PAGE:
Public may inspect congressmen's SALNs

by Jojo Malig,

Posted at Jan 12 2012 01:06 AM | Updated as of Jan 12 2012 09:06 AM

MANILA - People are free to inspect the statements of assets, liabilities and net worth (SALNs) of lawmakers in the 15th Congress, a House official said Wednesday.

House Records Bureau Director Ricardo Bering, in an interview with ANC Primetime, said all congressmen have already filed their SALNs for 2011.

"Nasa amin ang mga filed statements ng mga congressmen," he said. "The public may have access to the documents by visiting our office."

Bering issued the statement following a report by the Philippine Center for Investigative Journalism (PCIJ) that majority of current congressmen, including those who will serve as prosecutors in the impeachment trial of Supreme Court Chief Justice Renato Corona, have not disclosed their SALNs.

One of the 8 articles of impeachment against Renato Corona is his alleged refusal to disclose his statement of assets, liabilities, and net worth or SALN, the PCIJ pointed out.

RA 6713

The PCIJ said the House defied Republic Act 6713, or the Code of Conduct and Ethical Standards for Public Officials – which requires disclosure to the public of the actual copies of SALNs – by merely issuing a public release on the summaries of the net worth of the House members.

Bering, however, said congressmen have complied with the law requiring government officials to disclose their wealth.

"Kung filing ng SALN, I think they (congressmen) have complied with the disclosure provision by filing the SALNs with the office of the secretary-general," he added. "The SALNS are ready for inspection. The public can inspect these documents."

Bering said all House prosecutors in the Corona impeachment trial submitted their SALNs.

He said the House secretariat initially prepares a summary of congressmen who filed their SALNs. The summary is also released to media, he added.

"For practicality, we cannot possibly publish the 285 filed SALNs," Bering said.

He added that they are doing everything manually.  "We do not have that facility yet, iyung online access, but we are contemplating on that," he said.

He said any delay in the release of certified true copies of SALNs could be attributed to procedures that must be followed. "If there was a delay, maybe it's just because of some procedure that we have to follow in the processing of the request."

"Kung isang congressman lang, we can do it in one to two days," he said.

"For the 15th Congress, iyung mga request po na maramihan, for example wholesale request for the 285 SALNs of the members of Congress, we have not acted on it," he said.

A question of disclosure

PCIJ Executive Director Malou Mangahas, in an interview with ANC also on Wednesday, took to task the House agencies that handles the SALNs of lawmakers.

She said the PCIJ found out that only 2 congressmen have voluntarily made public their SALN, while none of the House prosecutors have made their SALN public.

Mangahas said House should not just release SALNs summaries to the public.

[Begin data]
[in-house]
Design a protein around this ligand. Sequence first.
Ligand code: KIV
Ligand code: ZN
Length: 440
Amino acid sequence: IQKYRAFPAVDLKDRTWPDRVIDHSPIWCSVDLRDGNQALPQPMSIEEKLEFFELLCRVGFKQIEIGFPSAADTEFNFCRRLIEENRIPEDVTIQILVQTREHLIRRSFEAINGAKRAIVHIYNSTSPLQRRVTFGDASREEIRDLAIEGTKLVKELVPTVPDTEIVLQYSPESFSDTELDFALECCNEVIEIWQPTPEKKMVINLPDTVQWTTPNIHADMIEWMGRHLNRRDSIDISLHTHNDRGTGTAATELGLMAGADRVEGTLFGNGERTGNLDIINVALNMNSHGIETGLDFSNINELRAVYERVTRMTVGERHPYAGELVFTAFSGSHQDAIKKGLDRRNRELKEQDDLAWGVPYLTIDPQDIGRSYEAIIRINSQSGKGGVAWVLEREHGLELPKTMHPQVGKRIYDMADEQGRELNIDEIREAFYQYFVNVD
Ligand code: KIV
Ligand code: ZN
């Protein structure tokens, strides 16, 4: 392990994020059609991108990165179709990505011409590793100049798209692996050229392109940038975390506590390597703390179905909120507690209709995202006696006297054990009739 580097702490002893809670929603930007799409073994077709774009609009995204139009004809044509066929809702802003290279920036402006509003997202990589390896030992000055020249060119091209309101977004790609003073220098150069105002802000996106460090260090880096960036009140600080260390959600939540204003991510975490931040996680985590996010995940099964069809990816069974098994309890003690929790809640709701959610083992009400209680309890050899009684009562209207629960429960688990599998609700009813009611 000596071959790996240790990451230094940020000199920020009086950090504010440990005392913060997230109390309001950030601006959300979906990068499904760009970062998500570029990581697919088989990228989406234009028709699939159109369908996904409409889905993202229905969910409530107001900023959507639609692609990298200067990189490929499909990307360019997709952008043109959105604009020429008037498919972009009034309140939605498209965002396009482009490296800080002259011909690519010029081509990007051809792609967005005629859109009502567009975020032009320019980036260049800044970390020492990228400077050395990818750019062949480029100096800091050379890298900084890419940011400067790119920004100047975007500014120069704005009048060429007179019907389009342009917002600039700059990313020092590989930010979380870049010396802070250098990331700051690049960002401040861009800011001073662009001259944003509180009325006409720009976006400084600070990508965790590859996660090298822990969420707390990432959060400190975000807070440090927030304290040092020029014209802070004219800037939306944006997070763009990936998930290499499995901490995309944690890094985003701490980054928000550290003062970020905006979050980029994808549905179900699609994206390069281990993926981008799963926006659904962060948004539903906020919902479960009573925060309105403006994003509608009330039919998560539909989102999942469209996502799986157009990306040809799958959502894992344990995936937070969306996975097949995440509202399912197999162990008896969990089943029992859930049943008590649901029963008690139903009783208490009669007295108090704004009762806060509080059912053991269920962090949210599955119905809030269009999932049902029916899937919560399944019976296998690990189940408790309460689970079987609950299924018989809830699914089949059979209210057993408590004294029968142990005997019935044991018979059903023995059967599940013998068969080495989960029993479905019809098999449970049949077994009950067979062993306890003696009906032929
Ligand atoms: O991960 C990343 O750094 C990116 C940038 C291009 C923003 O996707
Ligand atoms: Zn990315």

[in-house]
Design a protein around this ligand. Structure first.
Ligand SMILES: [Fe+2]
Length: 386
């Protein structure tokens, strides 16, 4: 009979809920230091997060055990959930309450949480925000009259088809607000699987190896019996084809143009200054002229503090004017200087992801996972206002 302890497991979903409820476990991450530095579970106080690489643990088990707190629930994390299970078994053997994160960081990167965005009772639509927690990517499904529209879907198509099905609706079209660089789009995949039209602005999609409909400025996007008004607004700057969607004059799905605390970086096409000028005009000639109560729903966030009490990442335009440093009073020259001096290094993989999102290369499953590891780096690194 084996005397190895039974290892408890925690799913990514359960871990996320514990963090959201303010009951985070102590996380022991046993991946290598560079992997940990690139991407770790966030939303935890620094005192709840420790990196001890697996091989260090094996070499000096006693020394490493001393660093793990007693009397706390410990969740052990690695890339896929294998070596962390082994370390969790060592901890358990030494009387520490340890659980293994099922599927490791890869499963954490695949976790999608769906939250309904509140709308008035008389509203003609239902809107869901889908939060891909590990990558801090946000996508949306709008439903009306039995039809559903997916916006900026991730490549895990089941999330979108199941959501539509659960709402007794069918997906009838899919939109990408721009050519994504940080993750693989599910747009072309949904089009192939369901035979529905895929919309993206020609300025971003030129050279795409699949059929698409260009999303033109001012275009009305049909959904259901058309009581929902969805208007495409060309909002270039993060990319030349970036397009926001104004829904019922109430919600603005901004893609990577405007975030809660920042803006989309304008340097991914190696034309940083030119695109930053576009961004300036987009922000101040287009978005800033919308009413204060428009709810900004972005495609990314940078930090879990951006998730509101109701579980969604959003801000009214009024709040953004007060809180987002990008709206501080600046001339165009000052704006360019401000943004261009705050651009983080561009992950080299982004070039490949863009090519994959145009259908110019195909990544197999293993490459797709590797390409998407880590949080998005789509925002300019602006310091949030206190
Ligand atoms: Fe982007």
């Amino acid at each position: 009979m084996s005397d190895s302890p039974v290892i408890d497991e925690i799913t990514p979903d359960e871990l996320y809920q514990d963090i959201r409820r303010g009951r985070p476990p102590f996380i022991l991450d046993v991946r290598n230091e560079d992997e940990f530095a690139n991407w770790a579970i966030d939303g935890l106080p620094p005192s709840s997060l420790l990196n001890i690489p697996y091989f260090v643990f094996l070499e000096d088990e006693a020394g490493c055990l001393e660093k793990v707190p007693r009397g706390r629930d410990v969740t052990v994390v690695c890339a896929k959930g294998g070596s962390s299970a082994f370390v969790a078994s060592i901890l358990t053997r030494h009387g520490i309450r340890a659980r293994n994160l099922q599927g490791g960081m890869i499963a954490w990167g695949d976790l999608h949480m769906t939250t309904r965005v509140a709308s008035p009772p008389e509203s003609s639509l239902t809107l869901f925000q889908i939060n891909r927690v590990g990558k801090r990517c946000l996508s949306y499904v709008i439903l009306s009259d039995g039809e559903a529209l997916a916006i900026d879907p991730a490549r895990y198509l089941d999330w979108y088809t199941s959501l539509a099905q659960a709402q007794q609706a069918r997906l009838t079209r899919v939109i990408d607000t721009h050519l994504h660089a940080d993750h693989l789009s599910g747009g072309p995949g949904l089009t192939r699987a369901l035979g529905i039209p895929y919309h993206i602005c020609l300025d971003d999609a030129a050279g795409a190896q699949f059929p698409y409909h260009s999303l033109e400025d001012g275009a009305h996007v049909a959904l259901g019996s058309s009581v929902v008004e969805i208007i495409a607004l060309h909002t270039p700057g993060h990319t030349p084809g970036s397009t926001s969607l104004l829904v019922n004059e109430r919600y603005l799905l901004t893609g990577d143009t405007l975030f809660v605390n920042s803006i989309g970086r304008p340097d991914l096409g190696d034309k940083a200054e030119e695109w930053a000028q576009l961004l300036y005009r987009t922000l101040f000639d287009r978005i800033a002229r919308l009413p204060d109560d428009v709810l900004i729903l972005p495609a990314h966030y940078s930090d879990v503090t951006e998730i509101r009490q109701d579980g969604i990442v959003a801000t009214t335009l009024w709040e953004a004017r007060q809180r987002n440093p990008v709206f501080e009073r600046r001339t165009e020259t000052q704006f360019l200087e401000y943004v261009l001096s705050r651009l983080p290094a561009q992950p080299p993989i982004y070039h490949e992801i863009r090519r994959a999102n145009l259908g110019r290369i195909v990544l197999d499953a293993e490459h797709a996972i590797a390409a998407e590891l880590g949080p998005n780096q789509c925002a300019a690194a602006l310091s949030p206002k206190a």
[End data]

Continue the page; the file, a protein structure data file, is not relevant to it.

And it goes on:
"That is not disclosure. The law says release these documents," she said.

She said they have copie sof SALNs of the 11th, 12th, 13th, and 14 Congresses, but not the current Congress.

The PCIJ even paid thousands of pesos for photocopies of SALNs of previous congresses, she added.

Mangahas said the PCIJ told House Committee on Justice chair Niel Tupas in a December 19, 2011 letter that the House secretary-general, legal, and records office have not acted on the PCIJ's request for 16 months.

"The public interest should be everybody should release their SALN," Mangahas said.

"What do you make of a summary of SALN? Nothing. We only find out the wealthiest and the least affluent," she said. "Disclosure means release the documents, not summarize."

"We wait patiently. Even if you have a law that's there, the process in the house seems to be what's flawed," Mangahas said. "The secretary-general should release because the law says release."

Valte quoted out of context?

The PCIJ report also took a potshot at a Palace official, Presidential deputy spokesperson Abigail Valte, who allegedly refused to disclose her SALN.

The report said Valte expressed her reluctance to release her own SALN because of security concerns.

"That for me personally is a concern because I’m the one here (in government) and not my family. These are the types of concerns that we are trying to solve when it comes to the freedom of information bill," the PCIJ quoted Valte to have said at a press conference on September 23, 2011.

The allegation triggered an outburst from the Palace official on social media site Twitter.

"Dear @PCIJdotOrg, thank you for making it seem that I refused to disclose my SALN to you. If you even checked the question I responded to, I wasn't being asked 2 disclose my SALN," Valte said.

"Nobody from your group has asked me 4 it. I have no problem giving it, minus my home address & my son's (a minor) name. How irresponsible!" she added.

Presidential spokesman Edwin Lacierda, who also uses Twitter, expressed support for Valte.

"@PCIJdotOrg - you have taken the quote of @abi_valte out of context. Pls reproduce the question and her entire response," he said.